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Two Civil Wars: The Curious Shared Journal of a Baton Rouge Schoolgirl and a Union Sailor on the USS Essex

Two Civil Wars: The Curious Shared Journal of a Baton Rouge Schoolgirl and a Union Sailor on the USS Essex

Two Civil Wars It isn’t every day that you stumble onto a lengthy unpublished personal diary from the American Civil War. Especially a rare three-year account of life aboard an ironclad gunboat in the Union “brown water” navy that fought along the Mississippi waterways.

In the late 1990s, Katherine Jeffrey encountered just such an unlikely document, in an especially unlikely place – a farmhouse in rural French Canada. It had been preserved as a curiosity but largely neglected by the family who owned it: they were not even sure how the journal’s sailor/author was related to their own ancestor with the same last name, or how the book had come into their possession. Even more mysterious to them were the journal’s opening pages – written in French by a different writer, apparently a young girl from Baton Rouge, Louisiana.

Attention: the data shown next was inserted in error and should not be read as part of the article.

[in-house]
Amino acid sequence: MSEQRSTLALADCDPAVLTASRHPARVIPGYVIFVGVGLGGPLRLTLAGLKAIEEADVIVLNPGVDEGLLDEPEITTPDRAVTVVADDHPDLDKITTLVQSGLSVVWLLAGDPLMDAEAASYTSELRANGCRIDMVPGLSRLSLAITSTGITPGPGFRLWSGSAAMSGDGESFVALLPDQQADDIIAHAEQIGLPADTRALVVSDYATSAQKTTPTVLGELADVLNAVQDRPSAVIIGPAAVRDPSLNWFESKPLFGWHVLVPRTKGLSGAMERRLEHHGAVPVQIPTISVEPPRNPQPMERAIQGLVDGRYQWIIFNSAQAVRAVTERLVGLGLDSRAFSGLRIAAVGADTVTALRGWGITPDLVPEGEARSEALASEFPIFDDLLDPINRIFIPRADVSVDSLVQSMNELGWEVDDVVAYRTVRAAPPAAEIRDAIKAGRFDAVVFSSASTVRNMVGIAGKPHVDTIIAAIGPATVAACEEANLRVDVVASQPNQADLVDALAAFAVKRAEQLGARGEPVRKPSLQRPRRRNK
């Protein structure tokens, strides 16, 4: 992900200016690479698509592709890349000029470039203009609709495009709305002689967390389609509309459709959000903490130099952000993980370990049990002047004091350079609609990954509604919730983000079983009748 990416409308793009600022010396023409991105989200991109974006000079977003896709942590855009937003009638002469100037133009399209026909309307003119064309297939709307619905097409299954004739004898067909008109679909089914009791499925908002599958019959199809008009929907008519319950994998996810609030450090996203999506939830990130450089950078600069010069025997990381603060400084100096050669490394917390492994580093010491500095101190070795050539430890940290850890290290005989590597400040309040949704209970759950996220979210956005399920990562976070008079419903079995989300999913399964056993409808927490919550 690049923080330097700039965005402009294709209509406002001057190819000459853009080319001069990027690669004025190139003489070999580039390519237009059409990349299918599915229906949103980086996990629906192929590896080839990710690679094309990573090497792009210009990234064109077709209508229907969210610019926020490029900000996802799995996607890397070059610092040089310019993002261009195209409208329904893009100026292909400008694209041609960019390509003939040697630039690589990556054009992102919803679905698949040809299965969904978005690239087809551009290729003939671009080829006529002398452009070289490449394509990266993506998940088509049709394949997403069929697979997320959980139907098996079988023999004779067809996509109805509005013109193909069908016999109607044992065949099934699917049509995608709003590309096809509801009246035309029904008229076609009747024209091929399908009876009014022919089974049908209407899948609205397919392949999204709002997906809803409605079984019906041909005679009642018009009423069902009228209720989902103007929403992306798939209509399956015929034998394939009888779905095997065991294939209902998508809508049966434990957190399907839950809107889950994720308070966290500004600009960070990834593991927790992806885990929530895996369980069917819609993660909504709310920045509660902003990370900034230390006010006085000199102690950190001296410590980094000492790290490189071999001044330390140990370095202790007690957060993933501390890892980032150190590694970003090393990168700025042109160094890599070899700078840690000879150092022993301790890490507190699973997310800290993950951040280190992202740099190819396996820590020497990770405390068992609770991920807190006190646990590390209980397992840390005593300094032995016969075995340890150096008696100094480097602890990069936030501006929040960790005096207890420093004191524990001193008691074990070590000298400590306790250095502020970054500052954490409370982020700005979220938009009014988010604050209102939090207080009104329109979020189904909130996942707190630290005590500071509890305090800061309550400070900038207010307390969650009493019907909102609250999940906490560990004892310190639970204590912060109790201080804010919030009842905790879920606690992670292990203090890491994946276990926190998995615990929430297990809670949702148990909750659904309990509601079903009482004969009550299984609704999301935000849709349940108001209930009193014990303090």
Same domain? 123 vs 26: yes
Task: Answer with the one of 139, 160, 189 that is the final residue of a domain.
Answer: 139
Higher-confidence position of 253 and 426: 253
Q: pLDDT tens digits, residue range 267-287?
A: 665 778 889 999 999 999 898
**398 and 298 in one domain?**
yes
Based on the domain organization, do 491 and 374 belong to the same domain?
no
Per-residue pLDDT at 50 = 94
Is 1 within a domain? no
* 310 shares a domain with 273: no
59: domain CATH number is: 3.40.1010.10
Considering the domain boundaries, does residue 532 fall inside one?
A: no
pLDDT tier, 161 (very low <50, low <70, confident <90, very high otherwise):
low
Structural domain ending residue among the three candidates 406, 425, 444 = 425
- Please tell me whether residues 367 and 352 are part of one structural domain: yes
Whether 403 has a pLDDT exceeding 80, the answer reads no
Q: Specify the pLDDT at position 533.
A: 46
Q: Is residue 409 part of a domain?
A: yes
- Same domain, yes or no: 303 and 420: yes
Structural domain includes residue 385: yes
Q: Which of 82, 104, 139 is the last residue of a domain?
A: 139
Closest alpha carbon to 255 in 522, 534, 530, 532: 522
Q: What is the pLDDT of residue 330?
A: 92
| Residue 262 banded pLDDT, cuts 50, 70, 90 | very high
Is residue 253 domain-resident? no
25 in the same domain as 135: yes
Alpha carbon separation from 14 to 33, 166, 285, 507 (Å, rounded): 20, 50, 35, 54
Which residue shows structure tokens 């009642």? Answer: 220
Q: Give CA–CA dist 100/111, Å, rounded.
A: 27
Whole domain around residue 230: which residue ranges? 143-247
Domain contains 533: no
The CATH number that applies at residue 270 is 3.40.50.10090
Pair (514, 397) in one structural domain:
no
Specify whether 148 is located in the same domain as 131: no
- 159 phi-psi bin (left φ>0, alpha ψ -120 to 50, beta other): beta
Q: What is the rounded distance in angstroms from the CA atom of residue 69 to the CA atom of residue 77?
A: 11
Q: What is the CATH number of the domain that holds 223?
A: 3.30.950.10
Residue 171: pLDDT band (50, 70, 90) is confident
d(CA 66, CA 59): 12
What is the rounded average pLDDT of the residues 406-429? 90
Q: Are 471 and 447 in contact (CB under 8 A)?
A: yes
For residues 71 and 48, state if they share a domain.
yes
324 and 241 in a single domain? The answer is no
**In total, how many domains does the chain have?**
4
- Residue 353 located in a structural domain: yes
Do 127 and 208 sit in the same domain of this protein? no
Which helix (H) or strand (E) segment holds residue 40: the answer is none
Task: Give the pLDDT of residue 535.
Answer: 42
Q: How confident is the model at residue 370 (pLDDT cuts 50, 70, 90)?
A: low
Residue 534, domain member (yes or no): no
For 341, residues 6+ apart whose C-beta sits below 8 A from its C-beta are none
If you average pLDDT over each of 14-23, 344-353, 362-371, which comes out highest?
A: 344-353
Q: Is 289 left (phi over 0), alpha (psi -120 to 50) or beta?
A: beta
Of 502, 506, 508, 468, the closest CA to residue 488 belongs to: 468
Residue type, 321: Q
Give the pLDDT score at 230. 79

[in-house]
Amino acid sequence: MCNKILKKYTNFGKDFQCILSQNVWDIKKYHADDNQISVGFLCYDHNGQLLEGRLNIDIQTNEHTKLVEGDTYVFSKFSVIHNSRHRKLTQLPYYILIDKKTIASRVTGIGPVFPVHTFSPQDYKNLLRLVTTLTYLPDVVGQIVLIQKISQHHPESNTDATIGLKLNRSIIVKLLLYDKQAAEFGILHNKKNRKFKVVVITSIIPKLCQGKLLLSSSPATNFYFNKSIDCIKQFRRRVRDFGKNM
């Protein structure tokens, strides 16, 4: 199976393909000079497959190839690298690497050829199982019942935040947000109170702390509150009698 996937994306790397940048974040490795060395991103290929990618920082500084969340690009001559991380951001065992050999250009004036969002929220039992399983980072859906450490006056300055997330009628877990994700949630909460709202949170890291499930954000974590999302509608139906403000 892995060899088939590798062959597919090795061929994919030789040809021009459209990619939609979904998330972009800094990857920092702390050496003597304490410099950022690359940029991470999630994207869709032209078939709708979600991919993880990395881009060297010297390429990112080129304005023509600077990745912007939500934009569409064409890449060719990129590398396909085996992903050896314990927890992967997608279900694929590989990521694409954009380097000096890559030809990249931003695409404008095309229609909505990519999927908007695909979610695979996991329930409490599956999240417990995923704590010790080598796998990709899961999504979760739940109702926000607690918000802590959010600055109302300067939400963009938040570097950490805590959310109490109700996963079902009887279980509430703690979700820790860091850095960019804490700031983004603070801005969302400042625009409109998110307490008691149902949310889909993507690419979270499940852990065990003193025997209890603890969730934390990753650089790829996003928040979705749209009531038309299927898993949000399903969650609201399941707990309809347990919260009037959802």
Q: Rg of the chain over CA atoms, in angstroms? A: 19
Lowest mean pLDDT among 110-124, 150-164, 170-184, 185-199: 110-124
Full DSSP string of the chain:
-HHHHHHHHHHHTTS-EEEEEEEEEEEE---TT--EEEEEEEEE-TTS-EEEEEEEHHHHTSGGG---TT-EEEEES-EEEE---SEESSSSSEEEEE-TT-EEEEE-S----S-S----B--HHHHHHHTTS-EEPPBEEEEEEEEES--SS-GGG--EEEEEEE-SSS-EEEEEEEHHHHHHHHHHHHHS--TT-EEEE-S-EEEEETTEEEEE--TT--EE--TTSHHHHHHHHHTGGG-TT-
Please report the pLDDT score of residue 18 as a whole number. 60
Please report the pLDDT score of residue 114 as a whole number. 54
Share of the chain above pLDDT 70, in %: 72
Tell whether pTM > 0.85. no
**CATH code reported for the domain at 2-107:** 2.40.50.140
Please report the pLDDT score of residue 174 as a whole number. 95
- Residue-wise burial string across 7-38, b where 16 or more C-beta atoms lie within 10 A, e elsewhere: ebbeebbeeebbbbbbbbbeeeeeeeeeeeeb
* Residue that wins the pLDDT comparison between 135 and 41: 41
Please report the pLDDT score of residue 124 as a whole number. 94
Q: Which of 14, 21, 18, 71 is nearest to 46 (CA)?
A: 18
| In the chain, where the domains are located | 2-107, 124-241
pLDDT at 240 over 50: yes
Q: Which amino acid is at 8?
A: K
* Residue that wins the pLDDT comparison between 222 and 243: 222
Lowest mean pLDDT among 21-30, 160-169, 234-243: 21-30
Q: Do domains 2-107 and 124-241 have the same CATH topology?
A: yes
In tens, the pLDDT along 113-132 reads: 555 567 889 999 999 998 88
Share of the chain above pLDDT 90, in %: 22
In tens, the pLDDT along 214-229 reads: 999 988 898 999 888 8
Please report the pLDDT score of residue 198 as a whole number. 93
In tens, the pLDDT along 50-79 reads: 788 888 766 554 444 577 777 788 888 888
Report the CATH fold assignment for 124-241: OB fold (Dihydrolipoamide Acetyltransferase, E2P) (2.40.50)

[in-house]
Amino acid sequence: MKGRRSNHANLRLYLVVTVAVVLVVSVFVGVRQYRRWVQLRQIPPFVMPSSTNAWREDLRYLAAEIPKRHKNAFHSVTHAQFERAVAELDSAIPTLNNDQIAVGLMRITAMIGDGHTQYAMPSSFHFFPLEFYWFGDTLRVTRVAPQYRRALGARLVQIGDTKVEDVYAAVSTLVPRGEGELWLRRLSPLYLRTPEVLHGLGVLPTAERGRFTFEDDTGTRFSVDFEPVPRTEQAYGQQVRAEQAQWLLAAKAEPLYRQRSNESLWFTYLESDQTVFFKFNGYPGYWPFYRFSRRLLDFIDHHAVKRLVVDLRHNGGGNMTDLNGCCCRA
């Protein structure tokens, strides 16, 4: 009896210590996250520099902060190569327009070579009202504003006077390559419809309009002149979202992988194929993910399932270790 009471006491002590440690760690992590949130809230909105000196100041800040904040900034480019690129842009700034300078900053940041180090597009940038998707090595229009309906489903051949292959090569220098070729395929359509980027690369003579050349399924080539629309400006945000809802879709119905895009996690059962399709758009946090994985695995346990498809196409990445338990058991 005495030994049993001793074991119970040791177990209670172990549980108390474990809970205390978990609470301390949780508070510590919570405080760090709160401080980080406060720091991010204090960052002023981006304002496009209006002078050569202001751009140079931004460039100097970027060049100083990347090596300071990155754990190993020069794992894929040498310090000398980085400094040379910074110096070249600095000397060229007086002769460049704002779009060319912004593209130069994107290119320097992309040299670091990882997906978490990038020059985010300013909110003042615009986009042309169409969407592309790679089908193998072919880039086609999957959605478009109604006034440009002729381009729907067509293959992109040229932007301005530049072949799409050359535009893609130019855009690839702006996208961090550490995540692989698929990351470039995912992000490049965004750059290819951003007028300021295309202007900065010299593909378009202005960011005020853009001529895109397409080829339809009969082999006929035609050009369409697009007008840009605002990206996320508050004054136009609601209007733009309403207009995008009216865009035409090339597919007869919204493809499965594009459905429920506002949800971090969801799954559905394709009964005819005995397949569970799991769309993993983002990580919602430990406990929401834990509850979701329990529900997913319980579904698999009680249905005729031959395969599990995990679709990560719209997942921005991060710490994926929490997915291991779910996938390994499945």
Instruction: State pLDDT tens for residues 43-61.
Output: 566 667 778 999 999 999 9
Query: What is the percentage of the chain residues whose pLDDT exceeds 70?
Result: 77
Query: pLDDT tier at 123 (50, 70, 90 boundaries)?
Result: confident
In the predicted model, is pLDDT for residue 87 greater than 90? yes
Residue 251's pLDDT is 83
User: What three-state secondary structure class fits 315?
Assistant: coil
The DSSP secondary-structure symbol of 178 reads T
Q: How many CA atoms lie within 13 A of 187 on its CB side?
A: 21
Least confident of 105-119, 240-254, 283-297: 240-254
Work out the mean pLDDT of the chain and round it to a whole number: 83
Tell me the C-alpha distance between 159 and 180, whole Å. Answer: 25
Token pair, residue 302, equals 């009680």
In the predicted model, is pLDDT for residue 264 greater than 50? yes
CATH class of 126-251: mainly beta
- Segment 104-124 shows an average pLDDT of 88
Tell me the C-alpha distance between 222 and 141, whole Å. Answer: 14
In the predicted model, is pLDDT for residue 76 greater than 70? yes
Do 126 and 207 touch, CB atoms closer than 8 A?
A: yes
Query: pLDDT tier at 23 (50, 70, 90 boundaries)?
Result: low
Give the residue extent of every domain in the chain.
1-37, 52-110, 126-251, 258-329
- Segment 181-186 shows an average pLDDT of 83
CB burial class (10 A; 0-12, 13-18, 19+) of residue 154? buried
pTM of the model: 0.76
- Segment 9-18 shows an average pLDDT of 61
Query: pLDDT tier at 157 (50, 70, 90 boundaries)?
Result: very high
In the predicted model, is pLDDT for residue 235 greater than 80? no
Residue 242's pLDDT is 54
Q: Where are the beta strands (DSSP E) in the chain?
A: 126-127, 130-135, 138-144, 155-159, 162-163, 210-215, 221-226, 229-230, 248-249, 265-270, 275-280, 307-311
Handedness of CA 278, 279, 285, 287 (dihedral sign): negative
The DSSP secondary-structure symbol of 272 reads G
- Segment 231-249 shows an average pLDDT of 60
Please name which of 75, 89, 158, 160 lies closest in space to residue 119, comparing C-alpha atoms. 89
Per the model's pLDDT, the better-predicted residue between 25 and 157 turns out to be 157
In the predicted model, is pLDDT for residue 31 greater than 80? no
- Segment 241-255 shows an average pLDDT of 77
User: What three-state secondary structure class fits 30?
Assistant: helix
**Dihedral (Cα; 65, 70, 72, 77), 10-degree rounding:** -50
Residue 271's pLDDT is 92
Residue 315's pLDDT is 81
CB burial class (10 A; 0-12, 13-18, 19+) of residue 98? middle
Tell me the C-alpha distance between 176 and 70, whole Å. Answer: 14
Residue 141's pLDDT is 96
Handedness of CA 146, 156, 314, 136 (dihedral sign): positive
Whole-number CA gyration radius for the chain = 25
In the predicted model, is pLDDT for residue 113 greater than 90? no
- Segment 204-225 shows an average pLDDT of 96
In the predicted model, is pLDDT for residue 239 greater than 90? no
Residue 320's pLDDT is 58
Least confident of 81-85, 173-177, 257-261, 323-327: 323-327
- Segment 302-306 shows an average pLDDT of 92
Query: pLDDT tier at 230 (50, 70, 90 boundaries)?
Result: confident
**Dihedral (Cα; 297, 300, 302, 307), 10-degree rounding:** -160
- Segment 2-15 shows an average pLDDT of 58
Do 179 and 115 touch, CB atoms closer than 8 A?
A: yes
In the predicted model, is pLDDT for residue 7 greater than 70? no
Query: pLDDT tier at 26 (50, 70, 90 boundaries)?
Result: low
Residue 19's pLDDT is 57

The discovery of this unusual double-document was the genesis of Two Civil Wars, published in April 2016 by LSU Press. Katherine Jeffrey spent nearly two decades piecing together the stories of Union quarter-gunner William L. Park and of Celeste Repp, a Southern teenager and boarding student at a prominent Baton Rouge academy – and unraveling the mystery of how their compositions ended up in the same notebook.

If you are a Civil War buff, or if you just enjoy a good story about ordinary folks living through the extraordinary calamity and chaos of a nation divided – you’ll enjoy hearing Katherine Jeffrey’s discussion of her remarkable new book, Two Civil Wars.


Katherine Bentley Jeffrey has been a freelance editor and writer for many years. Her opinion pieces, poems, and essays have appeared in both Canadian and American publications. Two Civil Wars is her first full-length history volume, though not the last. She is currently at work on a biography of Father Darius Hubert, Celeste Repp’s priest in Baton Rouge, who became a prominent and beloved Confederate chaplain and winsome spokesman for the Lost Cause.

Katherine is a transplanted Canadian. She now lives on Lake Whitney in central Texas with her husband David, who teaches at Baylor University.